New CSO Data Highlight Strong Performance Of Social Protection In Reducing At-Risk-Of-Poverty Rate

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New CSO Data Highlight Strong Performance Of
Social Protection System In Reducing At-Risk-Of-Poverty Rate


The Tánaiste and Minister for Social Protection Joan Burton T.D., has welcomed the publication today (21 January, 2015) of the Survey on Income and Living Conditions 2013 by the Central Statistics Office.

The Tánaiste said a very positive finding from today’s release is the reduction in the at-risk-of-poverty rate from 16.5% in 2012 to 15.2% in 2013. Central to this reduction is the enhanced role of social transfers in reducing the at-risk-of poverty rate from 38.4% (before all social transfers) to 15.2% after all social transfers. This represents a poverty reduction effect of 60.4%.

The Tánaiste said: “This shows how the Government has protected low income households. As a result, Ireland will remain among the best performing countries in the EU in reducing poverty through social transfers. This reflects the continuation of substantial investment in the social protection system and the maintenance of core weekly rates of welfare payments since this Government came into office.”

Noting the 2013 rate of consistent poverty of 8.2%, the Tánaiste reiterated the Government’s commitment to meeting the national social target for poverty reduction which is to reduce consistent poverty to 4% by 2016 and 2% or less by 2020.

The Tánaiste said: “I am confident that the actions of the Government to increase employment and to boost low and middle incomes will help to achieve the national poverty target.”

The Tánaiste noted the increase in the deprivation rate, which highlights the continuing impact of the economic crisis on household living standards – when the Government was continuing to tackle the grave financial problems it had inherited.

The Tánaiste said: “The greatest protection against poverty is having a job, and this is evident in the data, which shows the massive decline in consistent poverty if even one person in the household is in work. Thanks to the jobs-led recovery overseen by the Government, thousands of people are returning to work each month, which is critically important. In addition, the recovery, while still fragile, has allowed us to provide targeted spending increases to help all families and further protect the most vulnerable. We have increased Child Benefit for every family, partially restored the Christmas bonus, and increased the Living Alone allowance. In addition, we have introduced the Back to Work Family Dividend, a new scheme which will provide very significant financial assistance to families where a parent is returning to work. This will ensure that work pays and allow the families involved to build towards financial independence over time. This will be another crucial step in safeguarding against poverty.”

Since the introduction of the Pathways to Work strategy, which is overseen by the Department of Social Protection and assists those on the Live Register return to work, unemployment has fallen from a crisis peak of 15.1% to 10.6% now. In addition, 80,000 new jobs have been added to the economy since the Government launched its Action Plan for Jobs, overseen by the Department of Jobs, Enterprise and Innovation. The Action Plan for Jobs 2015 will introduce a range of reforms across Government to increase the momentum on job creation. Under Pathways to Work, meanwhile, the new JobPath employment programme will assist an estimated 115,000 long-term unemployed jobseekers return to work over its duration, while the Back to Work Family Dividend will provide significant financial assistance to parents returning to employment.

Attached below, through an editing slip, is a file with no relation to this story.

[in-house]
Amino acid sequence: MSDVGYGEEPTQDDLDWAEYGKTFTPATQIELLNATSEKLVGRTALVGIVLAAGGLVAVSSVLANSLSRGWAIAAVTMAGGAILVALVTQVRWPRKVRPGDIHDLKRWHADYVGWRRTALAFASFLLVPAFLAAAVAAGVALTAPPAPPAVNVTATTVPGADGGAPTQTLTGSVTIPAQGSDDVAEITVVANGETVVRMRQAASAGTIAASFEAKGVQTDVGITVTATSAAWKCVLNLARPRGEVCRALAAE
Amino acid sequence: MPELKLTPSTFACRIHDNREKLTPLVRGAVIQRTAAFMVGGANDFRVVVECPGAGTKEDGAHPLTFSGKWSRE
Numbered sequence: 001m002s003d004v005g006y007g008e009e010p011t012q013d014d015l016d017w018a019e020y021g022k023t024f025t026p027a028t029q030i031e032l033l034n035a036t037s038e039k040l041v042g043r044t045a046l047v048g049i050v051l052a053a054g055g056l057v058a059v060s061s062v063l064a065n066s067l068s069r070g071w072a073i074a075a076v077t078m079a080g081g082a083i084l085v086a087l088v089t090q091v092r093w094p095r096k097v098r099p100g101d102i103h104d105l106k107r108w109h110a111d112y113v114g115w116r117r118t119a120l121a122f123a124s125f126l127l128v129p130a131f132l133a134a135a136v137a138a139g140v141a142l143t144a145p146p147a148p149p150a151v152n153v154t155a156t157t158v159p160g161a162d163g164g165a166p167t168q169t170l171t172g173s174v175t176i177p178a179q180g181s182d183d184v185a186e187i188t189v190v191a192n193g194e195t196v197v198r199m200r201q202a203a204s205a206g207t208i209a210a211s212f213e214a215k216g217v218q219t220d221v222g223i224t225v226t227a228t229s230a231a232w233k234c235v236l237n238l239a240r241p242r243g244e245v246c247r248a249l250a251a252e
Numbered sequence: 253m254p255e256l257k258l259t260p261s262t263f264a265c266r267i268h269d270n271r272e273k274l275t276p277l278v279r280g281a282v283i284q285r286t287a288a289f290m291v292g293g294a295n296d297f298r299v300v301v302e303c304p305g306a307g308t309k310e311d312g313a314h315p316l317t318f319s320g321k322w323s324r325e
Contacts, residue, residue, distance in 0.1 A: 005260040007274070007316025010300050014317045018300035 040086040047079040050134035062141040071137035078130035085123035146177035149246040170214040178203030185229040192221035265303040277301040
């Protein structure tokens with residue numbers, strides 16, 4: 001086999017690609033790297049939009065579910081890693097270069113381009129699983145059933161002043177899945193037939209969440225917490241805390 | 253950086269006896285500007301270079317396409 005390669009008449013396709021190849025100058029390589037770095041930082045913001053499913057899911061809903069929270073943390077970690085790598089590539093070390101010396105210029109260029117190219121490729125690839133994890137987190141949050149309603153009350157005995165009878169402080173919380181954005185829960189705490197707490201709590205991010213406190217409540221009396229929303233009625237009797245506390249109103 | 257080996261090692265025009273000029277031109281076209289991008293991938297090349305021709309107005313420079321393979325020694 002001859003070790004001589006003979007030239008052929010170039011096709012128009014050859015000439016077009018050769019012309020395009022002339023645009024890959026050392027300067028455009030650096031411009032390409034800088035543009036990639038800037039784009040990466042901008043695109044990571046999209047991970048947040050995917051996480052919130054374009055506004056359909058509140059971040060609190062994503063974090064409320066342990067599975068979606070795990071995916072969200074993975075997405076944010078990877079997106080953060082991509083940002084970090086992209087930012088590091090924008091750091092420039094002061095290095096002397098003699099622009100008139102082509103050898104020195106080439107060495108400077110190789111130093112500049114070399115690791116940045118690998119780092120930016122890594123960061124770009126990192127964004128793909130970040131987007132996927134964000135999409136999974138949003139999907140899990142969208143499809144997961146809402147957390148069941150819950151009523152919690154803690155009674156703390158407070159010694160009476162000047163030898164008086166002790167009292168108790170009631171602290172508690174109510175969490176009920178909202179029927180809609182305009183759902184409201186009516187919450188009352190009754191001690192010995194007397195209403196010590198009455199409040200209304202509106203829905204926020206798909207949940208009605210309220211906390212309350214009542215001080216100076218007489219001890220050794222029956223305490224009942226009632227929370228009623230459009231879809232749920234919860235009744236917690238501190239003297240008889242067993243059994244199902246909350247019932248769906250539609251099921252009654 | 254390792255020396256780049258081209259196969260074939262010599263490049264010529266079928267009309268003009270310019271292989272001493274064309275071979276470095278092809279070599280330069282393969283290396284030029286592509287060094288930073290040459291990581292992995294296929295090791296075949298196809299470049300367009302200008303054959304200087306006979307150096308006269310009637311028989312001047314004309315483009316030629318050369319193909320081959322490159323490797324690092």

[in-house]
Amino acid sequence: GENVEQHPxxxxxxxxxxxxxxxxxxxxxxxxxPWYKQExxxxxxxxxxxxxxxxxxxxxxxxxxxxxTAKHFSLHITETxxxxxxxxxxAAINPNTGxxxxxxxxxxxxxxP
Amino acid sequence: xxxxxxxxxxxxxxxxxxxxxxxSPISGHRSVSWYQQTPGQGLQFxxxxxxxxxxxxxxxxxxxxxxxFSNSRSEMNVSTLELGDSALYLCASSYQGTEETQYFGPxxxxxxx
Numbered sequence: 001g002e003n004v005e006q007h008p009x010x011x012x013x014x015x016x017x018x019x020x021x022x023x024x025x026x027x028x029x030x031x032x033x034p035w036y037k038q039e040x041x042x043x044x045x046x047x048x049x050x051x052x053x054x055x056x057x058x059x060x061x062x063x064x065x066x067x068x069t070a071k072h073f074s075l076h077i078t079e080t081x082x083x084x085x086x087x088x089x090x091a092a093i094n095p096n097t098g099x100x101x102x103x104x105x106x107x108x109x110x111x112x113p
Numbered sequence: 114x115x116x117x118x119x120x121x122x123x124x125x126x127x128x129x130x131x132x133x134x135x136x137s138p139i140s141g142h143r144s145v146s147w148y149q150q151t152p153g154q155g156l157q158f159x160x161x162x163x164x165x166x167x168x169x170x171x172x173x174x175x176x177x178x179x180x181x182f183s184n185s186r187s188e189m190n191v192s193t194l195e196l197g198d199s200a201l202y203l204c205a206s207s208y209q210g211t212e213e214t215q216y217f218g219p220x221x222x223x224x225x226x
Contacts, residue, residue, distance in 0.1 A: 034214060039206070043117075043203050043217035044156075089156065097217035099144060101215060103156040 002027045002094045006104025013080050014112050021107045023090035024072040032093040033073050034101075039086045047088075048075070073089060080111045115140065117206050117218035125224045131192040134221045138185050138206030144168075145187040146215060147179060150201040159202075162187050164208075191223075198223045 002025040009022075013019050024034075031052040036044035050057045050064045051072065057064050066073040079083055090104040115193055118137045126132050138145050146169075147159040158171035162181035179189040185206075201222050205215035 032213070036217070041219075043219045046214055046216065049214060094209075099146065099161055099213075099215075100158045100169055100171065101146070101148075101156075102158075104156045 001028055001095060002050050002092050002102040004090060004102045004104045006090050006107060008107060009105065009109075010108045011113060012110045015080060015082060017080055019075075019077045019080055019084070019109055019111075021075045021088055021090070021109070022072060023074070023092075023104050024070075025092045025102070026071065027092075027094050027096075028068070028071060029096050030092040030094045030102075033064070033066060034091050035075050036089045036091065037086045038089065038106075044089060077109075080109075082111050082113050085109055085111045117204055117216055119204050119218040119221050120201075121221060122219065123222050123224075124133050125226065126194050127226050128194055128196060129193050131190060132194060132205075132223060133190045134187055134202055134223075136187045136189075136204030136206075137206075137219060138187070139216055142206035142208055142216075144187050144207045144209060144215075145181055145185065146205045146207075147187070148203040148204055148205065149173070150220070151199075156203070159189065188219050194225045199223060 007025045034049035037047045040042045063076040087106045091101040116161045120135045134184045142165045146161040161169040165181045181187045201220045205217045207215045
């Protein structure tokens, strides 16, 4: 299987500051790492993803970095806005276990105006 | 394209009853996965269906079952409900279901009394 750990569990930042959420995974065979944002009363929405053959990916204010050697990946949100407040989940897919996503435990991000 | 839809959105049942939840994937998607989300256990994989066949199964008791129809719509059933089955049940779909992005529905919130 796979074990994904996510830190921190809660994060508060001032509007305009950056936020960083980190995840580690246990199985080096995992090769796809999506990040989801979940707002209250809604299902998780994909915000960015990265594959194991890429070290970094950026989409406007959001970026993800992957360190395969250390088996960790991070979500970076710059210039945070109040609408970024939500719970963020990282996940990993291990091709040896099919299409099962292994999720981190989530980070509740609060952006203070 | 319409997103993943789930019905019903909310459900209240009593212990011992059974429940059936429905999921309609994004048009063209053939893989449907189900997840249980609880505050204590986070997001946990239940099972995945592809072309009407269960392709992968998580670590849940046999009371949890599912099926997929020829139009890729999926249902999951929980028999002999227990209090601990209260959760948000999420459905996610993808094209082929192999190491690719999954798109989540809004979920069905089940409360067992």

The Tánaiste concluded: “The economy is growing, unemployment is falling, and confidence is slowly returning. Today’s figures show there is still a long way to go to undo the very damaging effects of the greatest economic crisis in this country’s history. But the Government has completed the first phase of the recovery and we are now starting the second: the process of restoring living standards. This Government will deliver a social, as well as an economic recovery, to ensure that everyone - every family, every community, will benefit from the recovery.”



Note to Editors:

The Survey on Income and Living Conditions (SILC) is an annual survey carried out by the Central Statistics Office (CSO) of a representative sample of 4,900 households or 13,000 individuals in Ireland. The survey collects information on the income and living conditions of different households in Ireland, in order to derive indicators on poverty, deprivation and social exclusion. It is carried out in every EU country under EU legislation and commenced in Ireland in June 2003. The findings for 2013 can be found at:

Consistent poverty is the measure used to set the national social target for poverty reduction. It is the overlap of at-risk-of poverty (below 60% of median income) and basic deprivation (enforced lack of two or more basic necessities). The latest official figures show that the consistent poverty rate was 8.2% in 2013. The CSO state that this is not a statistically significant change from the 2012 rate of 7.7%.

The policy briefing and related documents on the National Social Target for Poverty Reductionare available at and

The research briefing and report on Social Transfers and Poverty Alleviation in Irelandare available at and

Pathways to Work complements the Action Plan for Jobs. The Action Plan is designed to accelerate the transition to a sustainable, jobs-rich economy, while Pathways aims to ensure that as many as possible of those newly created jobs go to people on the Live Register.

Last modified:21/01/2015